From Introduction to Conclusion

When preparing to draft your introduction:  Briefly sketch the research you’ve read that is specifically relevant to your topic.  Rephrase your question as a lack of knowledge or gap in understanding. o Make sure to let readers know what part of the research presented you will extend, modify, or correct.  Sketch an answer to So what if we don’t find out? This will encourage readers to continue reading.  Revise and position your claim. For theological work, place it in both the intro and conclusion. Include terms that seem to run all the way through your research:  Don’t use terms directly related to your topic.  Focus on concepts you bring to the argument and intend to develop. Questions to ask of your topic:  How does your topic fit into a larger context? o How does it fit into a larger story? o How does my topic function as part of a larger system? o How does your topic compare to and contrast with other topics like it?  Ask questions about the nature of the topic itself… o How has your topic changed through time? Why has this taken place? Where is it going? o How do the parts of your topic fit together in a system? o How many different categories of your topic are there?  Transform positive questions into negative ones? o Why is X not this way?  Ask speculative questions o Why? o Why? o Why?  Ask What if?  Ask questions that reflect disagreements with a source o If a source makes a claim you think is weakly supported or wrong, question it.  Ask questions that build on agreement o If a source makes a claim you think is persuasive, ask a question to extend its reach  Ask questions analogous to those others have asked about similar topics o Smith studied topic X using a Y approach. o How would Y approach affect my study of Z.  Look for questions that other researchers pose but don’t answer.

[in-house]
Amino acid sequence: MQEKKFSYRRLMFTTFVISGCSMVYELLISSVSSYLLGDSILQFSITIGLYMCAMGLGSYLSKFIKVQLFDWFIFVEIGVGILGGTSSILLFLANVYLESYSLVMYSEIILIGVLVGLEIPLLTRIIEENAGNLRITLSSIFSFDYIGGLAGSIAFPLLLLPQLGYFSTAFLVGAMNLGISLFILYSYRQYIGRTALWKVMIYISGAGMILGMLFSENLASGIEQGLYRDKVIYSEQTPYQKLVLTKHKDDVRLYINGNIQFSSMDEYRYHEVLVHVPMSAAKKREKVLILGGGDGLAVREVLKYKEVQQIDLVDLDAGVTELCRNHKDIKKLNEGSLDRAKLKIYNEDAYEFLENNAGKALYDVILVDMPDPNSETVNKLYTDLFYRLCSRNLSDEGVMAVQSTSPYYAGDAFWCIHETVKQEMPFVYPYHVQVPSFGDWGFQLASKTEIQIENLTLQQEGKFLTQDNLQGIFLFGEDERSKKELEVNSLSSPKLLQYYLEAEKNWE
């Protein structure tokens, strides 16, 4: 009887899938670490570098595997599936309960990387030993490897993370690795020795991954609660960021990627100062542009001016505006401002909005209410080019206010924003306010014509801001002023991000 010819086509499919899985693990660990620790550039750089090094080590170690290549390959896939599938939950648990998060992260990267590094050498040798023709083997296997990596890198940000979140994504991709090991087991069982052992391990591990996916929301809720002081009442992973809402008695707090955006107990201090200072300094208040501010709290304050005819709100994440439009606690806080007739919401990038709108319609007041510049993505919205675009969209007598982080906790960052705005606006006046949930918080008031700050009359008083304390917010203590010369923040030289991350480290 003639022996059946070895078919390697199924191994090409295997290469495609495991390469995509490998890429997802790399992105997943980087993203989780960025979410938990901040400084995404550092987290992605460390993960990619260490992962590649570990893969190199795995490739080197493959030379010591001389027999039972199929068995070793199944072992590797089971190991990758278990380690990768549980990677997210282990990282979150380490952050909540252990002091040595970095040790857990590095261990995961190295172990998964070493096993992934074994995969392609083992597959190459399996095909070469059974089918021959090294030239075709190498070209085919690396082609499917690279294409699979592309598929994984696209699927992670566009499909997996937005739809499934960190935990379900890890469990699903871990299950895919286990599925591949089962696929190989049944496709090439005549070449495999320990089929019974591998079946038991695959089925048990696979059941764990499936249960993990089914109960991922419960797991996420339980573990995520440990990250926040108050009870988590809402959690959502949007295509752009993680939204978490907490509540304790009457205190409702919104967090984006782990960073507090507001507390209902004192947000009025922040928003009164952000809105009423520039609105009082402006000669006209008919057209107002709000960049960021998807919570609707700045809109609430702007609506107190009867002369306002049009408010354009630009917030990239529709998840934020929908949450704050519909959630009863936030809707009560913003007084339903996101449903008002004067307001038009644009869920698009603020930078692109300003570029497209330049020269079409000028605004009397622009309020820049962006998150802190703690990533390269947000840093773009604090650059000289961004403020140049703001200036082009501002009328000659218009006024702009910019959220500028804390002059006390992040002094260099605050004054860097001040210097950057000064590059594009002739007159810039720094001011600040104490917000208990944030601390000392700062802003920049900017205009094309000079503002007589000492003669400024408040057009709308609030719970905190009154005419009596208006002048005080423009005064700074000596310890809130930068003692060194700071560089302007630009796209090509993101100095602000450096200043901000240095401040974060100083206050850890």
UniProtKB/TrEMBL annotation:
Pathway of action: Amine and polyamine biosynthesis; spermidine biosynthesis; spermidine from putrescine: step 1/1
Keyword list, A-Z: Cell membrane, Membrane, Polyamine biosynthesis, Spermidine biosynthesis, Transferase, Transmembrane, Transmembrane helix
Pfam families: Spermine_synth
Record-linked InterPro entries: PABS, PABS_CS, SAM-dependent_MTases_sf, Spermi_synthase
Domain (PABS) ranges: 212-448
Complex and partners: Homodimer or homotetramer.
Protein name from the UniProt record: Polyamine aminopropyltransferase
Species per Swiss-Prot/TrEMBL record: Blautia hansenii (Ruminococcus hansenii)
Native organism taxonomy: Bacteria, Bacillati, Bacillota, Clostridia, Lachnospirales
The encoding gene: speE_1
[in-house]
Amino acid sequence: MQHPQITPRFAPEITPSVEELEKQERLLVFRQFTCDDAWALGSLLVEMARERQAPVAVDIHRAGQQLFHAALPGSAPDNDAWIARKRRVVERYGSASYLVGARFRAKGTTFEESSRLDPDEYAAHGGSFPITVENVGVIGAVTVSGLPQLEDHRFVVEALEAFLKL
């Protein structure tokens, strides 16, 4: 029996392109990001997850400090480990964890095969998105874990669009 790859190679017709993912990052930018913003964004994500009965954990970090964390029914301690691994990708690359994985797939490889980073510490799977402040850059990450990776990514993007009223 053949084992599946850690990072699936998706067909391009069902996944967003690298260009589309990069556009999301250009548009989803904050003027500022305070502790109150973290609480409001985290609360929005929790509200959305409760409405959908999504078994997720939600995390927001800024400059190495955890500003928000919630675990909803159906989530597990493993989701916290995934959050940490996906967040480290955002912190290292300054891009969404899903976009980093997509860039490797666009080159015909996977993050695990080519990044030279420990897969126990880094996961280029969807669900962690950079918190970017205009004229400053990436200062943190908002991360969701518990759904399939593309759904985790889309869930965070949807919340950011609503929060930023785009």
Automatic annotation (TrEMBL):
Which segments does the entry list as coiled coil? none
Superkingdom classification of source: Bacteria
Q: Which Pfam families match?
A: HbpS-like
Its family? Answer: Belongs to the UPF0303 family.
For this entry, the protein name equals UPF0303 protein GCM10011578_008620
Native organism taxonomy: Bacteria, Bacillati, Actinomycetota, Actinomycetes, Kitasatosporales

Propose some working answers to your question:  Take some time to speculate some answers.From Introduction to Conclusion  Find a discussion list online discussing your topic.  You can’t plausibly disprove the answer. This usually occurs when no relevant facts exist. reconsider your question. or you can’t obtain crucial sources. Evaluate your Questions Reconsider your questions when the following is true:  You can answer the question too easily by looking it up or summarizing a source.  Decide on a working hypothesis. hypothesis and use it to guide your research. the question is based on opinion. If an answer seems promising.  If you can’t imagine any working hypothesis. call it a working then proving it is pointless. because I want to find out Y.  You can’t find good evidence to support the answer. If you can’t imagine disproving a claim. the question is too broad. I’m working on the topic of X. . so that I (and you) can better understand Z.

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